A page dedicated to those unusual cards that don’t fit into specific categories.
Click on images to enlarge.
Creighton Hale (1882-1965)
Born Patrick Fitzgerald in County Cork he emigrated to the USA in the early 1900s and had a successful career as an actor during the silent movie era. However, despite his obvious good looks he failed to make it in when the ‘talkies‘ came in and could only manage to get bit parts which rarely appeared in the credits.
A strange French ‘silhouette’ card featuring Daniel O’Connell – no publisher indicated.
A couple of strangely unattractive cards that I found on eBay recently. Not sure of the publisher – the details on the back read ‘Irish Handcraft – A Raymond Card‘.
“Wrong Way” Corrigan
Douglas Corrigan was a famous aviation pioneer who flew from New York to Dublin in July 1938 in a crocked ‘homemade‘ plane. A few days before his flight to Ireland he had flown from California to New York, but had been refused permission to try for the trans-Atlantic crossing as officials considered it to be suicidal due to the state of his plane. However, he was given permission to return to California and on July 17th he took off heading west but soon turned east and out over the Atlantic. 28 hours later he landed at Baldonnel Aerodrome near Dublin. He claimed to have lost his way and stuck to this story for the rest of his life, hence his nickname “Wrong Way” Corrigan.
Pics above are from a hastily produced publicity postcard by the ‘enterprising‘ W.J. Hutchinson who seems to have made the most of his opportunity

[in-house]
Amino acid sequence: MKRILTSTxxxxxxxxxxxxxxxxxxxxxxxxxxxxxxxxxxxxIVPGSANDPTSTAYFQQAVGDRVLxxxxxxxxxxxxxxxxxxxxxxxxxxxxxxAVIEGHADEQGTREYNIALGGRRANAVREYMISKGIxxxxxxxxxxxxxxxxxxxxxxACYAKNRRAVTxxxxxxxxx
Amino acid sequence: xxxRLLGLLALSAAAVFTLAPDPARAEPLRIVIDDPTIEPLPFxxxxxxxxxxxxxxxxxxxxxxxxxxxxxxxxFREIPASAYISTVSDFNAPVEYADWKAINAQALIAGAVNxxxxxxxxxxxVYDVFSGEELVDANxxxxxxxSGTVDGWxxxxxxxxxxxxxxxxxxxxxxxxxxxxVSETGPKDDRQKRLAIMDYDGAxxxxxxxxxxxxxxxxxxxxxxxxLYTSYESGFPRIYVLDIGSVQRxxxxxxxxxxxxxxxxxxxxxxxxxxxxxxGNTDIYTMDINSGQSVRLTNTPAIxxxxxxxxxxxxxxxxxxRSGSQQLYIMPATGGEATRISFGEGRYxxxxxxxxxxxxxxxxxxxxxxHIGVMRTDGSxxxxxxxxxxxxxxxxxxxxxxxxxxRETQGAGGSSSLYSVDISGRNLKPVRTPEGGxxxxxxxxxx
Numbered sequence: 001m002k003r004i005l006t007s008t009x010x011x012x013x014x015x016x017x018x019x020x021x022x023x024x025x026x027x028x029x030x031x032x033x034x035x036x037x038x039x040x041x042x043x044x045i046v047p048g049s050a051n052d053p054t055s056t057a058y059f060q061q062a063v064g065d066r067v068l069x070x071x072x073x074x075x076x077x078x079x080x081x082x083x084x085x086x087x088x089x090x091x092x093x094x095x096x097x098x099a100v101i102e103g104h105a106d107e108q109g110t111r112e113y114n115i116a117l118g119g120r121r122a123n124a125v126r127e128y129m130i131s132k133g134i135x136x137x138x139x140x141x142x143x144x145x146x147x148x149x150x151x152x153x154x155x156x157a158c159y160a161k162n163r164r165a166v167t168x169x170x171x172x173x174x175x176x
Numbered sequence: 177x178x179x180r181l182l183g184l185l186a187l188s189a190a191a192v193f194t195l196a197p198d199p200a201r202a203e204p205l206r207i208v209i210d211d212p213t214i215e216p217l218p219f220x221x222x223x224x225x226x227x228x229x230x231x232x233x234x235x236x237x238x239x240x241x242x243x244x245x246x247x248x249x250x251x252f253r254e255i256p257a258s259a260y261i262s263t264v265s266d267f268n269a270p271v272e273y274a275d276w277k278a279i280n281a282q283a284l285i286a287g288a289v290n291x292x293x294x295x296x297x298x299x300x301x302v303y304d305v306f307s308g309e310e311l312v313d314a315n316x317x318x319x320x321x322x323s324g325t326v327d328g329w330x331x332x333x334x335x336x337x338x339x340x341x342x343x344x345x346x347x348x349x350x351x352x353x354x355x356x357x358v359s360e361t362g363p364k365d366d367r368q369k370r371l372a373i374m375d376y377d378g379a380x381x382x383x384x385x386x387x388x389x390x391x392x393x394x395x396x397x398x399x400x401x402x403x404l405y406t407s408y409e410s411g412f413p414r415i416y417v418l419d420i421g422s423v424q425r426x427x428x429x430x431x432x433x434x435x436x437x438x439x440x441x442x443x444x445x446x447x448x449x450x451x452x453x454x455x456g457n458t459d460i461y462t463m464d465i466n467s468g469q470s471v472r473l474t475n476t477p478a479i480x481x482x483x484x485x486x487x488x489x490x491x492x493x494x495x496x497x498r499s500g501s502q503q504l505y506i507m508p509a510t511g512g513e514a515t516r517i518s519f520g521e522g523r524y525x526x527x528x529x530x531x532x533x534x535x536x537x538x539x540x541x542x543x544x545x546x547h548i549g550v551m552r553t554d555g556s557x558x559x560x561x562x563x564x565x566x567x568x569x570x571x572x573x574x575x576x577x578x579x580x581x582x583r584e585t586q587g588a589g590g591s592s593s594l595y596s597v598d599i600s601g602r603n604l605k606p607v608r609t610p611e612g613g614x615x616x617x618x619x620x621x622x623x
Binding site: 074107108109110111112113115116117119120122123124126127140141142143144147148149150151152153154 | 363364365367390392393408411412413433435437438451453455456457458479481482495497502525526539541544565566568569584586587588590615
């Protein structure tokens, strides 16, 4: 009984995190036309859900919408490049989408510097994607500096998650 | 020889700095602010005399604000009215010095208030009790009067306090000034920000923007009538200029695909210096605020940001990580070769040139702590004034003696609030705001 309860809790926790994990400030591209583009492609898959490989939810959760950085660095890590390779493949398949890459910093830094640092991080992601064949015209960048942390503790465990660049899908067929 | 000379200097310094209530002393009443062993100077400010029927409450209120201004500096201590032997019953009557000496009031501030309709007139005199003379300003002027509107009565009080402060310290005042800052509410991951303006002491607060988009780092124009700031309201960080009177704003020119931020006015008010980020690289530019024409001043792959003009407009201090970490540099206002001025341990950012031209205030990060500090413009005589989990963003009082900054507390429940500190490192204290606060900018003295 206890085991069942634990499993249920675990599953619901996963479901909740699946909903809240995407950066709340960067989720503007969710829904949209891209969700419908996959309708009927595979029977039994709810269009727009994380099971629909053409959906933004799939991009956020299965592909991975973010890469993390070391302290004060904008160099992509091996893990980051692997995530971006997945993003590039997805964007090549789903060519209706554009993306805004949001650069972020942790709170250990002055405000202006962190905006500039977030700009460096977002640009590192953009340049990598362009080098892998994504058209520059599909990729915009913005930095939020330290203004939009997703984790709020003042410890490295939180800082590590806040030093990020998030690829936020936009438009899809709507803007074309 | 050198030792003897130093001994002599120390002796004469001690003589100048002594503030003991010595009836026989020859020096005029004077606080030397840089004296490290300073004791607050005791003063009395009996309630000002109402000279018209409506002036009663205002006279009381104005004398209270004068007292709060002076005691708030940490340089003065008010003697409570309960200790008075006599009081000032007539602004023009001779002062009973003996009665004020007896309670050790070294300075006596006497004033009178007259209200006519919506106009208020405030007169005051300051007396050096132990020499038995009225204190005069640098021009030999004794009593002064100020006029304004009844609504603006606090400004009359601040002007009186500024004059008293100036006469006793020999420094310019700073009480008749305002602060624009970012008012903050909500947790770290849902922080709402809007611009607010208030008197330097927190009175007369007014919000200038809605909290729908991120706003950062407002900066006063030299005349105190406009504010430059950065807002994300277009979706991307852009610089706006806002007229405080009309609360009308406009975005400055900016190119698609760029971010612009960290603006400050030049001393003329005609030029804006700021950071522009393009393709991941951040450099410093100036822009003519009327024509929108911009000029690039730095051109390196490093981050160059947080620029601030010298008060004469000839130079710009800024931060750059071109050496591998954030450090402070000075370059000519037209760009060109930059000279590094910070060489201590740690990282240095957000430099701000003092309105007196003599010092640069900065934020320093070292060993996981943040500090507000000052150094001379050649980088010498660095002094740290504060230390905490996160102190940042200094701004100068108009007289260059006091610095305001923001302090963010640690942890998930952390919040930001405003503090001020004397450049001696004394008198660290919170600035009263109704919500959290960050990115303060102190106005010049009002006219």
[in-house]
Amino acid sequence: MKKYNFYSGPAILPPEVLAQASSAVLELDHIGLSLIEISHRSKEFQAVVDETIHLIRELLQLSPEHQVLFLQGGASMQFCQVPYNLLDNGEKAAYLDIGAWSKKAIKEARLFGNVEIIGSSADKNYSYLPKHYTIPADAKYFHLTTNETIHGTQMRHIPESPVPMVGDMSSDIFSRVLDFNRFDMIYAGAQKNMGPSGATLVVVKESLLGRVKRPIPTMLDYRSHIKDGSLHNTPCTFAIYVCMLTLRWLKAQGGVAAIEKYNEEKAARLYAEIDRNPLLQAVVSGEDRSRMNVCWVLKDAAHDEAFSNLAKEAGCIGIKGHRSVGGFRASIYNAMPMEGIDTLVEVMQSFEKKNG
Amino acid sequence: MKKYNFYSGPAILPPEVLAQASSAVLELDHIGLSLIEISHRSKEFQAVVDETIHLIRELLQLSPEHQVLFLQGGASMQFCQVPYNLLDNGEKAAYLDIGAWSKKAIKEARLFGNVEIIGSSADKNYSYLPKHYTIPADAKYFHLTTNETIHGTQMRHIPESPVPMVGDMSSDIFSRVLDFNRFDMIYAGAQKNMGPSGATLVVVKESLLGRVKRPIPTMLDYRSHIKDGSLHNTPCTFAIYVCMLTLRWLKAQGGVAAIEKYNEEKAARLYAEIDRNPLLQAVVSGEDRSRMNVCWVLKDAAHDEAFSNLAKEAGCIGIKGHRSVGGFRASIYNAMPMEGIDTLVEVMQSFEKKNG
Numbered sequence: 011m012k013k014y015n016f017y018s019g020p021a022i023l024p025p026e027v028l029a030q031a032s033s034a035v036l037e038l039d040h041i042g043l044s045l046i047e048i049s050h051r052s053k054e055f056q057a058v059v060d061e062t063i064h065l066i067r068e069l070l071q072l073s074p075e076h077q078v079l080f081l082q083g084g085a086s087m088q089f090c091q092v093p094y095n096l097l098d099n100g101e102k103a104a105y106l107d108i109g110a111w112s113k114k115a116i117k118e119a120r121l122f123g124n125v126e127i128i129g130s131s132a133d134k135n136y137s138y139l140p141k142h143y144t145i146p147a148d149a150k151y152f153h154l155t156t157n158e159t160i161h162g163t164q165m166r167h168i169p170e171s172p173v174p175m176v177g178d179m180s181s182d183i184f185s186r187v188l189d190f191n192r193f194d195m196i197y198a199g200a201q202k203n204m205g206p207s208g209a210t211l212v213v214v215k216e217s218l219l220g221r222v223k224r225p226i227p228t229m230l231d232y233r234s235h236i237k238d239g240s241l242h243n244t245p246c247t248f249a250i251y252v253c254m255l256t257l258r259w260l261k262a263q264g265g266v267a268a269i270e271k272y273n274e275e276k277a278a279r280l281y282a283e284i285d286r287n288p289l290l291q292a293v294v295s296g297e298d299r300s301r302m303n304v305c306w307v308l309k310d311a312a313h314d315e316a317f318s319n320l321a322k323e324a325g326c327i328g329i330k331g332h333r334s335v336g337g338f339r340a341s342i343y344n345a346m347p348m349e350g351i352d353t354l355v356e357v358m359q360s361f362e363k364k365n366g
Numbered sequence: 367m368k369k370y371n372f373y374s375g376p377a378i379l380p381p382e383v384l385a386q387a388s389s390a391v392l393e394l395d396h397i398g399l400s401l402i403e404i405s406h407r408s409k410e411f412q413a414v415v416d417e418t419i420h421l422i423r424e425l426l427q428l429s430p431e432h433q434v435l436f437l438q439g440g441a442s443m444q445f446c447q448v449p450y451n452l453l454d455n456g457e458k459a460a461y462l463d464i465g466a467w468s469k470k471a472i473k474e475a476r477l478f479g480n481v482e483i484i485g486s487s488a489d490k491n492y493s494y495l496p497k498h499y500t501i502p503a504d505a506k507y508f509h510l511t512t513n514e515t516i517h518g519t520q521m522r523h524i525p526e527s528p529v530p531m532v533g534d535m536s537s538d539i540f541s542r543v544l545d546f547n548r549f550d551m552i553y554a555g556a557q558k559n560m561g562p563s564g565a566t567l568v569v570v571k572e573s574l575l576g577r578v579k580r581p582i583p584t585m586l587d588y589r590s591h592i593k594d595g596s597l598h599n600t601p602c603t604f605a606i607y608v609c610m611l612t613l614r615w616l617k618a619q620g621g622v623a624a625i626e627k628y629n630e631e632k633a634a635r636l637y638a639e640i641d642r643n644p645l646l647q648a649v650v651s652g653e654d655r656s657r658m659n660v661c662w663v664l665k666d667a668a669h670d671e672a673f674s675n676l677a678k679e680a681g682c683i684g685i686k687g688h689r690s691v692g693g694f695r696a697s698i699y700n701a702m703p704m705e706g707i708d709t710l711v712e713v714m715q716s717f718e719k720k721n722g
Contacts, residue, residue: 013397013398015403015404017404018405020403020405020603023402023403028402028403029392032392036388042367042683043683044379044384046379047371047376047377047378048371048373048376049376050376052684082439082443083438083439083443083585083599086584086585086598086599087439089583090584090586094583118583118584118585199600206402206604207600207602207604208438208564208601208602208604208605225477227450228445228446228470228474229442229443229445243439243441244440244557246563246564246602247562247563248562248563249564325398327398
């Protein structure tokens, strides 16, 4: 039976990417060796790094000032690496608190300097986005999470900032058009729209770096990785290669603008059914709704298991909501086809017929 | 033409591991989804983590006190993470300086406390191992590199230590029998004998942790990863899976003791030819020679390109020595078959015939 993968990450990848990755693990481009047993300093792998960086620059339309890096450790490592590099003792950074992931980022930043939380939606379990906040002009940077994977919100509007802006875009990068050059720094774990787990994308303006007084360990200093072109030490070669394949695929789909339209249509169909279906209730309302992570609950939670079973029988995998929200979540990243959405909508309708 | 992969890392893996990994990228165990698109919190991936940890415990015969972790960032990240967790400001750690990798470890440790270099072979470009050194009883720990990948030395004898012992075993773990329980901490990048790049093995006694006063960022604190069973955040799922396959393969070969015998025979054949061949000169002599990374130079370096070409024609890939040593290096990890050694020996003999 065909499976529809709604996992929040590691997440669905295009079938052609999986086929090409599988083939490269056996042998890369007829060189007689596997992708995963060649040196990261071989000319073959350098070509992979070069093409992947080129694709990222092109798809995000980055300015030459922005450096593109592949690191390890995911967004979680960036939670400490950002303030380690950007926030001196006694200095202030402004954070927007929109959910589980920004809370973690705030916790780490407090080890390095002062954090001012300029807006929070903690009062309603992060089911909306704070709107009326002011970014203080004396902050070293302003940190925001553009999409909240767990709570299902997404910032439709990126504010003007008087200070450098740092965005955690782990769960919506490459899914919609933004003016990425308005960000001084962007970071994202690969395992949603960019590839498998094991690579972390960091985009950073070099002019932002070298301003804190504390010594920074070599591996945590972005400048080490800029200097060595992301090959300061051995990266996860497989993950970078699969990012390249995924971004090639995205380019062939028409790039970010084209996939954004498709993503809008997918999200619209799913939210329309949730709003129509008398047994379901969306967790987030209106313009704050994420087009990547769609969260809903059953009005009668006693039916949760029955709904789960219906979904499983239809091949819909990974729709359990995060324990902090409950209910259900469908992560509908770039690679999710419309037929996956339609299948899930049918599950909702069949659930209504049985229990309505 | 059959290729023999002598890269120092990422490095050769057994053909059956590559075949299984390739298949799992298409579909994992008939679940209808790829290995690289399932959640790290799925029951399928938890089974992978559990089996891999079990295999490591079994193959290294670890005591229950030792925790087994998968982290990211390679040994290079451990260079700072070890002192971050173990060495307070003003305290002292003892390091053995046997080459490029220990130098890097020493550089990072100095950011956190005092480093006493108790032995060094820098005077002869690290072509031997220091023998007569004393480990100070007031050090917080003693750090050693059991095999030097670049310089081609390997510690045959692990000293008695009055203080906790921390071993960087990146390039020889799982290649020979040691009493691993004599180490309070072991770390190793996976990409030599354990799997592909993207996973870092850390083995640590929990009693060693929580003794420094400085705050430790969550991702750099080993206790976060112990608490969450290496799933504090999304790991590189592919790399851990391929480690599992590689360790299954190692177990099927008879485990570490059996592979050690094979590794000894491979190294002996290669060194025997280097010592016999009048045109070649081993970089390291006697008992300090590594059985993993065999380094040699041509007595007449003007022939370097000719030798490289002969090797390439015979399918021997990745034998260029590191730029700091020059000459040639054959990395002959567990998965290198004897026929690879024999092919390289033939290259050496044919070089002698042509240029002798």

A picture of the plane which most observers described as being unfit to become airborne, let alone fly across the Atlantic!
From the excellent Come Here To Me! blog.
Initially it looked like Corrigan might fall foul of the US aviation authorities, but due his catching the imagination of the American public he instead returned in triumph to a ticker tape parade in New York.
The following year he starred in a bio-pic feature film “The Flying Irishman” (above) and lived to a ripe old age, only passing away in 1995.
Princess Patricia of Connaught
Left: Princess Patricia of Connaught (Victoria Patricia Helena Elizabeth; later Lady Patricia Ramsay; 17 March 1886 – 12 January 1974) was a granddaughter of Queen Victoria. More here: Princess Patricia of Connaught
Card published by J.Beagles & Co.Ltd., London.
Right: In 1915, during the Great War, the International Hotel in Bray was turned into a military hospital and renamed “The Princess Patricia Hospital for Wounded Soldiers”
Card published by Eason & Son Ltd., (Signal Series)
The past is truly a foreign country..
With the 1916 commemorations almost upon us it‘s interesting to reflect on what might have been had the Easter Rising not taken place. Certainly a few short years before the Rising, Home Rule for the entire island of Ireland had looked to be on the horizon and a visit to Dublin by King George V & Queen Mary in 1911 had gone down generally well . However, card manufacturers and others lost the run of themselves and produced drawings, postcards etc showing the King arriving to open a New Irish Parliament at the old Irish Parliament buildings on College Green. Apparently these drawings and postcards were widely on sale during the 1911 Royal visit.
Louis Magee (1874 – 1945)
Aloysius Mary Magee played International Rugby for Ireland from 1895-1904 including captaining the team. This unusual card, part of a series featuring various Home Nation players, was published in 1899, but no publisher’s name is given.
THE JUMPING CHURCH OF KILDEMOCK
About a mile to the south of Ardee, Co.Louth, just off the N2 is the Jumping Church of Kildemock. According to legend on a stormy night in 1715, the walls of the church jumped two feet inwards from their original foundations to exclude an excommunicated member of the church who had been buried in the walls of the church. The ruins of the church remain today as does the miscreant wall. Unknown publisher.
There’s surely nothing more strange/curious than the short-lived Irish peat postcard – illustrated below.
Published by The Irish Paper Agency, Dublin this card was postally used in 1906, and while they do have a novelty value their usefulness as a mode of correspondence is debatable.
I couldn’t resist ‘Gold in the Mournes‘ on eBay today for €5.50 – definitely another curiosity!
Another amusing card that I came across recently.